Social media has created a significant shift in the way people are communicating and sharing ideas online. Personal relationships and identities are forever etched in each electronic keystroke that we take. Ideas and political movements that are sparked online can take off like wildfire through millions of online forums, RSS feeds, blogs, Facebook posts, and twitter feed. Assignment confidentiality and ethics can be breached innocently in only a few seconds and create a major ethical dilemma that lasts a lifetime. Your smartphone may post a specific assignment location, or someone may take a picture in a public venue while you are interpreting and post it on Facebook. Posts that were once thought harmless or innocent can cost a job or online reputation as more and more stakeholders, employers, consumers, and colleagues are using it to connect with others in the field. The whole notion of confidentiality and ethics are evolving with the advent of this new technology.
Social media is allowing us to learn from others, share new information and ideas, and connect with others in the field. We are also able to promote branding as independent contractors, agencies, or online personalities. Also because of technology advances we are now able to interpret remotely and in many 2-D environments without being at the physical location of the consumers. Interpreter students are taking online courses for interpreting and American Sign Language classes in greater numbers than ever before. As opportunities to harness the power of social media and using it for positive change continue to rise, accessibility to social media continues to become more accessible because of smartphones, Ipads, etc. We have a powerful tool for the interpreting industry to create and lead positive action. With interpreters on Facebook, LinkedIn, Blogging, Tweeting, sharing pictures on Instagram, exchanging ideas on Pintrest, creating clogs on YouTube and Vimeo, developing personal web pages, posting resumes and jobs online, etc. there is a strong web presence for the field.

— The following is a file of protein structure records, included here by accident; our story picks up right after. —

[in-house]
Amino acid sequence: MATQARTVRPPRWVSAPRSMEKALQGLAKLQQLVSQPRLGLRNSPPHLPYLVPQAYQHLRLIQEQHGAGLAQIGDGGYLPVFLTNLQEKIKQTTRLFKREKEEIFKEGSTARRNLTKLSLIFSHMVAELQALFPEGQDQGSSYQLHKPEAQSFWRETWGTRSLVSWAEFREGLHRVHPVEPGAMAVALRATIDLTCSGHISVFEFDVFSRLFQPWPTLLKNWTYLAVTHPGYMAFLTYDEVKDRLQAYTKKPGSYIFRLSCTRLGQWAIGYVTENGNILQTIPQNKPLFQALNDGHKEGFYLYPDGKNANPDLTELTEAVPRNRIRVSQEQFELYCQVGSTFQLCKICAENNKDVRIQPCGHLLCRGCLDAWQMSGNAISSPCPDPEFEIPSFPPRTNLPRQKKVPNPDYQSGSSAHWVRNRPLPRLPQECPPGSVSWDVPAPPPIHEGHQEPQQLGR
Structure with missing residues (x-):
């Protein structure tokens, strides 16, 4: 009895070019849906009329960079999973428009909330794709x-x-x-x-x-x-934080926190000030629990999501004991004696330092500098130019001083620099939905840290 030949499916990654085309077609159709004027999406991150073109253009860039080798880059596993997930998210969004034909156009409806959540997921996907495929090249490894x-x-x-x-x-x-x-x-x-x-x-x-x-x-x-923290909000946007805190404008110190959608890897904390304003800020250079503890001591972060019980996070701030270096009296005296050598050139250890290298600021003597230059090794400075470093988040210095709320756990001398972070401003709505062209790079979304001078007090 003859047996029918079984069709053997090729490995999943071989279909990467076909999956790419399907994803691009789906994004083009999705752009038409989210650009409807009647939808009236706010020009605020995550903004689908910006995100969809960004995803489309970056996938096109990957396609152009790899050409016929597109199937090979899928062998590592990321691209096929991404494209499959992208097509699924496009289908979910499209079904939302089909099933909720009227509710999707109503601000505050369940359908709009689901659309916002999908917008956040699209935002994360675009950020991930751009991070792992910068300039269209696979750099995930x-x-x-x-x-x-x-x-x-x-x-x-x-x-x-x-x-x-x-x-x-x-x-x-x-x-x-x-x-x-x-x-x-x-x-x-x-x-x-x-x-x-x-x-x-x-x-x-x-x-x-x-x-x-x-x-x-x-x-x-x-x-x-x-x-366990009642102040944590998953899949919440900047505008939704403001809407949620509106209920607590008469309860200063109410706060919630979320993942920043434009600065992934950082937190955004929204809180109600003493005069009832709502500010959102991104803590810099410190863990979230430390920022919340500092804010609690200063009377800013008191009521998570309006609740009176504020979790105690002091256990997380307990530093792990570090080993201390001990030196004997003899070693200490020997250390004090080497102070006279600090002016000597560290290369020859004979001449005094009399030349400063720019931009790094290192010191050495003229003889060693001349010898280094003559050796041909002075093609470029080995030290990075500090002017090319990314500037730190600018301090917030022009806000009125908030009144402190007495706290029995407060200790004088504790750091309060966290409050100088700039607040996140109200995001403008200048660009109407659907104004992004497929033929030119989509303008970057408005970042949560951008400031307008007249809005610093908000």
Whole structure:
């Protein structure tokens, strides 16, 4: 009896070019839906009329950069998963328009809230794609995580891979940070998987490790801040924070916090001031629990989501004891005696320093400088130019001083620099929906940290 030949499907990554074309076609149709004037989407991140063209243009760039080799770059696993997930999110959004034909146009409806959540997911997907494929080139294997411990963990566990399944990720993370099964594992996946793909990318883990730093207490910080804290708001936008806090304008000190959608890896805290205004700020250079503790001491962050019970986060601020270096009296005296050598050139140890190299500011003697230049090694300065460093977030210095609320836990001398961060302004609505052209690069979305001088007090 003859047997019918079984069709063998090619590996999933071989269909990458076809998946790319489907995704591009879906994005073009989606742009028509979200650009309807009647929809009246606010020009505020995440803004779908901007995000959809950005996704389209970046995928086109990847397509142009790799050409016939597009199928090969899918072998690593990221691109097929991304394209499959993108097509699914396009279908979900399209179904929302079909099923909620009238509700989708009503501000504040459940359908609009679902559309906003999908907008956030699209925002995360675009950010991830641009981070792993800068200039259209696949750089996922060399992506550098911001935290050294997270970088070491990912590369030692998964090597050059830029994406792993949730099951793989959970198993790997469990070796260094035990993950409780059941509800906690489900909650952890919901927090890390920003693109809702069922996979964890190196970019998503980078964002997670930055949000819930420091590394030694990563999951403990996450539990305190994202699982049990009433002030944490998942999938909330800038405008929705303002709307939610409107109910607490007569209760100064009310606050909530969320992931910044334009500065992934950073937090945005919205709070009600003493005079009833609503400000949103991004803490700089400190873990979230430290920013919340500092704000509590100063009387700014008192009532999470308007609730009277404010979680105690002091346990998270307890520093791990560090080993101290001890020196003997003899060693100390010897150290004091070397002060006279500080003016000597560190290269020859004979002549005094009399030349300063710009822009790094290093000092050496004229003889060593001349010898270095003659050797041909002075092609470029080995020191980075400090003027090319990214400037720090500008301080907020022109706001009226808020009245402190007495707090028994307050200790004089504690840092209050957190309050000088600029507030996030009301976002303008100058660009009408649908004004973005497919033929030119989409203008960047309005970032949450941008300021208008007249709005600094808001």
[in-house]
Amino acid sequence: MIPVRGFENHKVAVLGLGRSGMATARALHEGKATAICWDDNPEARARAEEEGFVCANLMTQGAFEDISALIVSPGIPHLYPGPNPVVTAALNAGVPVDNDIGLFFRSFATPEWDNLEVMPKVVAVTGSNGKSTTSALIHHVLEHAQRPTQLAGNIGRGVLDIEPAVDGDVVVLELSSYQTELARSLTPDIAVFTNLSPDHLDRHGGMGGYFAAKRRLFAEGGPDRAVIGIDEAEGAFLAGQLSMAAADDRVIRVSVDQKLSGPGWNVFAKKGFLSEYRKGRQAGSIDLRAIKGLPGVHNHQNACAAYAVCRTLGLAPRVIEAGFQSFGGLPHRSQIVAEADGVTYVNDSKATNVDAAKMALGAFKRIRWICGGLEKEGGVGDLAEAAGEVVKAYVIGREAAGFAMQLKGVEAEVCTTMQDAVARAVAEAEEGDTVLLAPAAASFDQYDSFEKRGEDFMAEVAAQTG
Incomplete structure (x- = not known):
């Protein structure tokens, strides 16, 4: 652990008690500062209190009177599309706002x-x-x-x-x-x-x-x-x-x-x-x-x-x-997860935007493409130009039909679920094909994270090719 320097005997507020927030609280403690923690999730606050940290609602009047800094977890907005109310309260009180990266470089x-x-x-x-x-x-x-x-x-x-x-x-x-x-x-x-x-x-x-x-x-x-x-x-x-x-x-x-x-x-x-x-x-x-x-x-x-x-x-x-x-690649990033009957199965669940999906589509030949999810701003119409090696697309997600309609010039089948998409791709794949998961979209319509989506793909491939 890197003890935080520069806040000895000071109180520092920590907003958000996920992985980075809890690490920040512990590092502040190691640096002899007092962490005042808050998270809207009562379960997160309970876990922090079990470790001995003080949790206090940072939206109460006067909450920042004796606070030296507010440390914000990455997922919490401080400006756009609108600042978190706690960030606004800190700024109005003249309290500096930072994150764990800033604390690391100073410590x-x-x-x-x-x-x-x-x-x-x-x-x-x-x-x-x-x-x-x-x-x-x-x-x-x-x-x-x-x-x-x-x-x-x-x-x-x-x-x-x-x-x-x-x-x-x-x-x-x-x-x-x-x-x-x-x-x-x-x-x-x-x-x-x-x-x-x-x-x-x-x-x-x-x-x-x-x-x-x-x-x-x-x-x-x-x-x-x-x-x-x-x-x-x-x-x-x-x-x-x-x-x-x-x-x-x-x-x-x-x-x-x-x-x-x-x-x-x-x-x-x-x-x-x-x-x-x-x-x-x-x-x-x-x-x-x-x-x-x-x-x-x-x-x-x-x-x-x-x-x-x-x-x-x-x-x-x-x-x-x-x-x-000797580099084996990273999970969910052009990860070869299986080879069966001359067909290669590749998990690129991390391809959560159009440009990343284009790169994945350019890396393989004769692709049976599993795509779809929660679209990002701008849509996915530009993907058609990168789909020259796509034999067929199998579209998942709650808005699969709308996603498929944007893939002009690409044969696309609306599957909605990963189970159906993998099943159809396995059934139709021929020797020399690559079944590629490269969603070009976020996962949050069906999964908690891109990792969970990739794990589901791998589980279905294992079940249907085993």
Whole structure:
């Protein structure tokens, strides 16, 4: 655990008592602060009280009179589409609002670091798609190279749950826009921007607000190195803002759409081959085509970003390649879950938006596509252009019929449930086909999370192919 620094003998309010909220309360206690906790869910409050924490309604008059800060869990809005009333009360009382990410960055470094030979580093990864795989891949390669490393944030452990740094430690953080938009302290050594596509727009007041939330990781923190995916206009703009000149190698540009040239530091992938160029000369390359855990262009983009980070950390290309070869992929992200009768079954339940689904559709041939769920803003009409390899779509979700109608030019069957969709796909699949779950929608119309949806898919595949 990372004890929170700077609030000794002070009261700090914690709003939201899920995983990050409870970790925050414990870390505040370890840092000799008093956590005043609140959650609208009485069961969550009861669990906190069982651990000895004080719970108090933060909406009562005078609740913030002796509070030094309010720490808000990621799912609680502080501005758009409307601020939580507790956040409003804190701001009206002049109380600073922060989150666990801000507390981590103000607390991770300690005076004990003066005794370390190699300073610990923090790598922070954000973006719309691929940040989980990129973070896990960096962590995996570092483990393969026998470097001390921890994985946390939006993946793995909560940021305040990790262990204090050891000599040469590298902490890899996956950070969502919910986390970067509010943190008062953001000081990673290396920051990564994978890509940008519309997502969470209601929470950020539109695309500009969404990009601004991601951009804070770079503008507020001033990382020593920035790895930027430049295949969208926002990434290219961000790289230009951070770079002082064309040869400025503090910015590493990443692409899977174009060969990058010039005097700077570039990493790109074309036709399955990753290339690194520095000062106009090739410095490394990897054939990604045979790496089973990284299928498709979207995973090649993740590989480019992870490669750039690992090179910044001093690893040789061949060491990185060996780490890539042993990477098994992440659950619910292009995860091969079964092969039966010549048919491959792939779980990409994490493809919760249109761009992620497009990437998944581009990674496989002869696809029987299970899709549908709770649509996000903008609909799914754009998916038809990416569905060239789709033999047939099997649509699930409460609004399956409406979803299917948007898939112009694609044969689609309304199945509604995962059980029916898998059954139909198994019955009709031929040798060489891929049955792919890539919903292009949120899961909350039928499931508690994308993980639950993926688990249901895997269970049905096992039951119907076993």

As technology and social media become more of a main-stay, the interpreting industry has a responsibility to ensure that ethical online behavior, as well as confidentiality, is being upheld while fostering the evolution of ideas, new connections, learning opportunities, professional ‘branding’, and reflective opportunities are occurring online. Nancy Flynn writes that the first step of an action plan for any industry is to develop a “…social media policy team to oversee the development and implementation of your organization’s formal rules, written policies, and ongoing compliance management program. A social media policy in which would identify and incorporate industry values, assigning roles, protect privacy and would clarify the line between personal and professional lives. Having NAD and RID work together to develop the groundwork for social media guidelines in the interpreting industry will ensure the ability to move forward with confidence and clarity.
The Social Media Handbook By: Nancy Flynn